05 Apr Do You Know What Homeowner’s Insurance Covers…and What It Doesn’t?
Many of us will remember 2017 as the year of natural disasters. Even if you weren’t in the path of a coming storm or a spreading wildfire, you probably knew someone who was. It was a year of hurricanes, wildfires, flooding and severe weather. Economic losses resulting from weather disasters totaled $344 billion, making 2017 the costliest year ever.
In 2017, there were thirty-one billion-dollar events worldwide. Sixteen were in the United States, including four of the top 10 global economic loss events.
1. Hurricane Harvey ($100 billion)
3. Hurricane Irma ($55 billion)
4. Wildfires ($13 billion)
10. Severe Weather ($3.4 billion)
Insurance played a big role in helping victims recover from staggering property losses. Of the $181 billion in losses suffered in 2017, $84 billion was covered by public and private insurers. Though a substantial number of losses involved homes and personal property, not all of them were covered by homeowners’ insurance. Unfortunately, many victims did not know what their policies did and did not cover until it was too late.
There are two general types (forms) of homeowners’ policies. Broad Form policies protect against perils that are specifically named in the policy. Special Form policies generally provide coverage against all risks, except those that are specifically excluded in the policy. Both standard policy forms generally protect dwellings and personal property against:
- Fire, smoke and lightning;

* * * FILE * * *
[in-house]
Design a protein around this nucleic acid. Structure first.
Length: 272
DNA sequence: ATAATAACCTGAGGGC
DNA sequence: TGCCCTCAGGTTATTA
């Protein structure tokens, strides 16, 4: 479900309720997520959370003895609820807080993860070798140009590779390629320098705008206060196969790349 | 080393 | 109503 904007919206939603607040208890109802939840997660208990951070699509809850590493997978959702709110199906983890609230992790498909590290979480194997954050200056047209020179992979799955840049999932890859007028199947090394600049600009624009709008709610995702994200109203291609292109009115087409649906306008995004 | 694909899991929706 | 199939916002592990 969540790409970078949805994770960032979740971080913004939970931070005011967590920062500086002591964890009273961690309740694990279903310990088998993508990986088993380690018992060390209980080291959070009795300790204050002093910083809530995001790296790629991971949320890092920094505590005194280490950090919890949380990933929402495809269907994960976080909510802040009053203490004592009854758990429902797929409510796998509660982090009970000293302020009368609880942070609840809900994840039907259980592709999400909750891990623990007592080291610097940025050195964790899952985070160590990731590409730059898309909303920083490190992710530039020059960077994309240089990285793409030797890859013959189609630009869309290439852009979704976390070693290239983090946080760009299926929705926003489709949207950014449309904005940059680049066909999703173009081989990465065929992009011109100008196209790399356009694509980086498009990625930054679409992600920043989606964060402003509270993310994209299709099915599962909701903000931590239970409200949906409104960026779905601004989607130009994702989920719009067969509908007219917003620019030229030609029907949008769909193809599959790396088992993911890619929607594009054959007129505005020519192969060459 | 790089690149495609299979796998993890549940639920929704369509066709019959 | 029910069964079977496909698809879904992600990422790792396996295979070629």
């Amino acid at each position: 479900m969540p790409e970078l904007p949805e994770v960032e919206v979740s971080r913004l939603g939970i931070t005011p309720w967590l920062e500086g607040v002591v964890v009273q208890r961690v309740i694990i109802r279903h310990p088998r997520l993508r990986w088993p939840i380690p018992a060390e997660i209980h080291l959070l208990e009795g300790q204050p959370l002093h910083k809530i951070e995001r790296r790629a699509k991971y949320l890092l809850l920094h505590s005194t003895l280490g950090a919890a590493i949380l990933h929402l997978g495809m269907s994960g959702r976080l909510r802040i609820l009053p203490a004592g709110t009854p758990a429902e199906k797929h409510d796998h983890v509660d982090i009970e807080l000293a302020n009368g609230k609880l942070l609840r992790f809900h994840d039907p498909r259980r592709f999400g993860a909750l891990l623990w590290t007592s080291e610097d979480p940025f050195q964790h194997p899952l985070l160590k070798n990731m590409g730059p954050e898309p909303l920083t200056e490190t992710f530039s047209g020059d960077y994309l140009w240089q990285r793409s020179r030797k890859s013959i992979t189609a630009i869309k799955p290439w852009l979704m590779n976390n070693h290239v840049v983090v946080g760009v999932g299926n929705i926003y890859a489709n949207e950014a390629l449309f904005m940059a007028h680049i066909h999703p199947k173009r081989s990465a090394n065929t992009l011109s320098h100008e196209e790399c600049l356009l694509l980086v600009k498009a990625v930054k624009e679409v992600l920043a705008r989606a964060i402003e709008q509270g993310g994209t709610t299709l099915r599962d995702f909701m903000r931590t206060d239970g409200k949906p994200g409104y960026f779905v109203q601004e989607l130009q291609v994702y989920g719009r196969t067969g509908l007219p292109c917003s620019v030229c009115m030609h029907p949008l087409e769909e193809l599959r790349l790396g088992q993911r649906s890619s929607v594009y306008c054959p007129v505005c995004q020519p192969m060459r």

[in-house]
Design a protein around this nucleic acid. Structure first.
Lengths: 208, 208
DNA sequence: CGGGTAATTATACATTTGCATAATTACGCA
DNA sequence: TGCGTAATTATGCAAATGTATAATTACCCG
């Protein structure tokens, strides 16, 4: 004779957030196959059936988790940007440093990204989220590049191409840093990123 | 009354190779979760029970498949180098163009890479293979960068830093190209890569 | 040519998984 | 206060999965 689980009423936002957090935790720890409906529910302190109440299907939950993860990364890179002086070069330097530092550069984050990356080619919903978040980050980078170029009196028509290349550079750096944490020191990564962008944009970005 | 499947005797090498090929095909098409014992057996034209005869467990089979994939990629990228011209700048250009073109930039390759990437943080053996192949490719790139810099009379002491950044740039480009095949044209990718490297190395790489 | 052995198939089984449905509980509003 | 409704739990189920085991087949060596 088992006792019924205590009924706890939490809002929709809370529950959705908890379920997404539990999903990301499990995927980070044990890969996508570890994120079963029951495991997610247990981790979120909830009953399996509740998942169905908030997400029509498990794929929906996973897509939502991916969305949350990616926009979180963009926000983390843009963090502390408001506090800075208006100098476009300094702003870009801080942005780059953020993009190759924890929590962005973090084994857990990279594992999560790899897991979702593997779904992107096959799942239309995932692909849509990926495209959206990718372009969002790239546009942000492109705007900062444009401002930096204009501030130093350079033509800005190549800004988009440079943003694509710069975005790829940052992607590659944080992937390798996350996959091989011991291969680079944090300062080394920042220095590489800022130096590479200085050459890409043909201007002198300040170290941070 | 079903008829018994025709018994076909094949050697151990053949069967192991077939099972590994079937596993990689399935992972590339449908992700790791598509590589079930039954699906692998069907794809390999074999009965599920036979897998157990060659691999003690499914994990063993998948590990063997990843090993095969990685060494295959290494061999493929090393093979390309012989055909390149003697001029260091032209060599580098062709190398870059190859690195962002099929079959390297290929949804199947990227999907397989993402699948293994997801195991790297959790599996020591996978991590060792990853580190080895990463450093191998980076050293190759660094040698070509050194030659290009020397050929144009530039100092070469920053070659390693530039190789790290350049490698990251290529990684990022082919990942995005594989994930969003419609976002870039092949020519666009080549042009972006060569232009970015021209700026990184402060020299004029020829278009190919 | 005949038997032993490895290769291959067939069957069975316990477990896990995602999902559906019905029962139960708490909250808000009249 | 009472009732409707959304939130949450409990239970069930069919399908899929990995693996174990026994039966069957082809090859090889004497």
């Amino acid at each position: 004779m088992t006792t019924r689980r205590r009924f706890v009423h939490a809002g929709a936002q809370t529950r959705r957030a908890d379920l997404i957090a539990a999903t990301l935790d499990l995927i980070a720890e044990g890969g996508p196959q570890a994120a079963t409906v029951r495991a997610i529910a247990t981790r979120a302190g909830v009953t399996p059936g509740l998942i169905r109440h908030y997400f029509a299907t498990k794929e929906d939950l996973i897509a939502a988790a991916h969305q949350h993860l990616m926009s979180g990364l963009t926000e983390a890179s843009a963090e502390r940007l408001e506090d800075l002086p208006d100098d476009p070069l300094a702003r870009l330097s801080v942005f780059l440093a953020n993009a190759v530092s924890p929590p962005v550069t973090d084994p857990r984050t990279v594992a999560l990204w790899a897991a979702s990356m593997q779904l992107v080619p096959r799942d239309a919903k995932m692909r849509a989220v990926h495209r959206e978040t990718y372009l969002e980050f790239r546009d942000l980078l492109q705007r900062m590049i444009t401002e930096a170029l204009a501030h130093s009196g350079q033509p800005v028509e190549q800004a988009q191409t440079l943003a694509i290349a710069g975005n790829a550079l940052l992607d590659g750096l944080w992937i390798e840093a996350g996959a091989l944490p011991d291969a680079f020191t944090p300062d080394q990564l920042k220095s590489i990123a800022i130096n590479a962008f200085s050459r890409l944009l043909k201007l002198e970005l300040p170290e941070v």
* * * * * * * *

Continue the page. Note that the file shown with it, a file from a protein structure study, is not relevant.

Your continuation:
- Windstorm and hail;
- Explosions and volcanic eruptions;
- Damage caused by vehicles, aircraft and falling objects;
- Theft, vandalism, malicious mischief, riot and civil commotion;
- Weight of ice, snow or sleet;
- Discharge, overflow or freezing of pipes, heating and A/C systems, fire sprinklers and household appliances;
- Tears, cracks and burns of water heating, A/C and fire sprinkler systems; and
- Damage from electrical currents in appliances or wiring.
Standard Special Form policies also protect against all other perils except those that are specifically excluded in the policy. Common exclusions include:
- Nuclear accident; and
- Landslide, mudslide and sinkhole.
The increasing frequency and intensity of natural disasters have put homeowners at greater risk. Though we can hope for a better 2018, we would be wise to learn the lessons of 2017. Now is the time to review your homeowners’ insurance coverage. It’s the best way to not only understand the coverage you currently have, but to discover the coverage you still need.
Please contact us to learn more about obtaining adequate homeowners’ insurance coverage.
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